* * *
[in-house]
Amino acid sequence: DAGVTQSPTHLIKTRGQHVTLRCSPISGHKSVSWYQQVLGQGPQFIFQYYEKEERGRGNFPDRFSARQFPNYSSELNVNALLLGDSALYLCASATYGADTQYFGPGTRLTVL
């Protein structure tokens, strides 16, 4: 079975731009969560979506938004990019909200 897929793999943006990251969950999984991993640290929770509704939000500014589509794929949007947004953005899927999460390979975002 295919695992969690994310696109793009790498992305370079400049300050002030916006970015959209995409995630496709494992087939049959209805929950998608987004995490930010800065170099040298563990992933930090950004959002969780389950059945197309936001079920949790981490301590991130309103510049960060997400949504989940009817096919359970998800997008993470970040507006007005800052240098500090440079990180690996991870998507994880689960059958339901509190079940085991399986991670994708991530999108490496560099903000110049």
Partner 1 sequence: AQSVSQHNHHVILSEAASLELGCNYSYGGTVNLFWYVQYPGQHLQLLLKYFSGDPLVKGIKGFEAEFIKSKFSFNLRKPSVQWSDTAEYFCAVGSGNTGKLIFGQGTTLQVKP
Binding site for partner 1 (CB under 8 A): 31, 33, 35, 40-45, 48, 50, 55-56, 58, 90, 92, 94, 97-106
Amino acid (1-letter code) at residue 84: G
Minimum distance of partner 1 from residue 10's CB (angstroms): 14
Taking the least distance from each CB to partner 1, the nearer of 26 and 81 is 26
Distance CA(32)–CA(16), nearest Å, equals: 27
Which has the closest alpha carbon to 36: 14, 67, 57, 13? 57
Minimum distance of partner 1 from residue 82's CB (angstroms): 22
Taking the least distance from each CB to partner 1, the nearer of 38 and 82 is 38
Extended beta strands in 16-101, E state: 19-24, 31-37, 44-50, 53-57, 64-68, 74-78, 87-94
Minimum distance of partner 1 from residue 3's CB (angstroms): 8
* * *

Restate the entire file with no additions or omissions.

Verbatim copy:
[in-house]
Amino acid sequence: DAGVTQSPTHLIKTRGQHVTLRCSPISGHKSVSWYQQVLGQGPQFIFQYYEKEERGRGNFPDRFSARQFPNYSSELNVNALLLGDSALYLCASATYGADTQYFGPGTRLTVL
């Protein structure tokens, strides 16, 4: 079975731009969560979506938004990019909200 897929793999943006990251969950999984991993640290929770509704939000500014589509794929949007947004953005899927999460390979975002 295919695992969690994310696109793009790498992305370079400049300050002030916006970015959209995409995630496709494992087939049959209805929950998608987004995490930010800065170099040298563990992933930090950004959002969780389950059945197309936001079920949790981490301590991130309103510049960060997400949504989940009817096919359970998800997008993470970040507006007005800052240098500090440079990180690996991870998507994880689960059958339901509190079940085991399986991670994708991530999108490496560099903000110049």
Partner 1 sequence: AQSVSQHNHHVILSEAASLELGCNYSYGGTVNLFWYVQYPGQHLQLLLKYFSGDPLVKGIKGFEAEFIKSKFSFNLRKPSVQWSDTAEYFCAVGSGNTGKLIFGQGTTLQVKP
Binding site for partner 1 (CB under 8 A): 31, 33, 35, 40-45, 48, 50, 55-56, 58, 90, 92, 94, 97-106
Amino acid (1-letter code) at residue 84: G
Minimum distance of partner 1 from residue 10's CB (angstroms): 14
Taking the least distance from each CB to partner 1, the nearer of 26 and 81 is 26
Distance CA(32)–CA(16), nearest Å, equals: 27
Which has the closest alpha carbon to 36: 14, 67, 57, 13? 57
Minimum distance of partner 1 from residue 82's CB (angstroms): 22
Taking the least distance from each CB to partner 1, the nearer of 38 and 82 is 38
Extended beta strands in 16-101, E state: 19-24, 31-37, 44-50, 53-57, 64-68, 74-78, 87-94
Minimum distance of partner 1 from residue 3's CB (angstroms): 8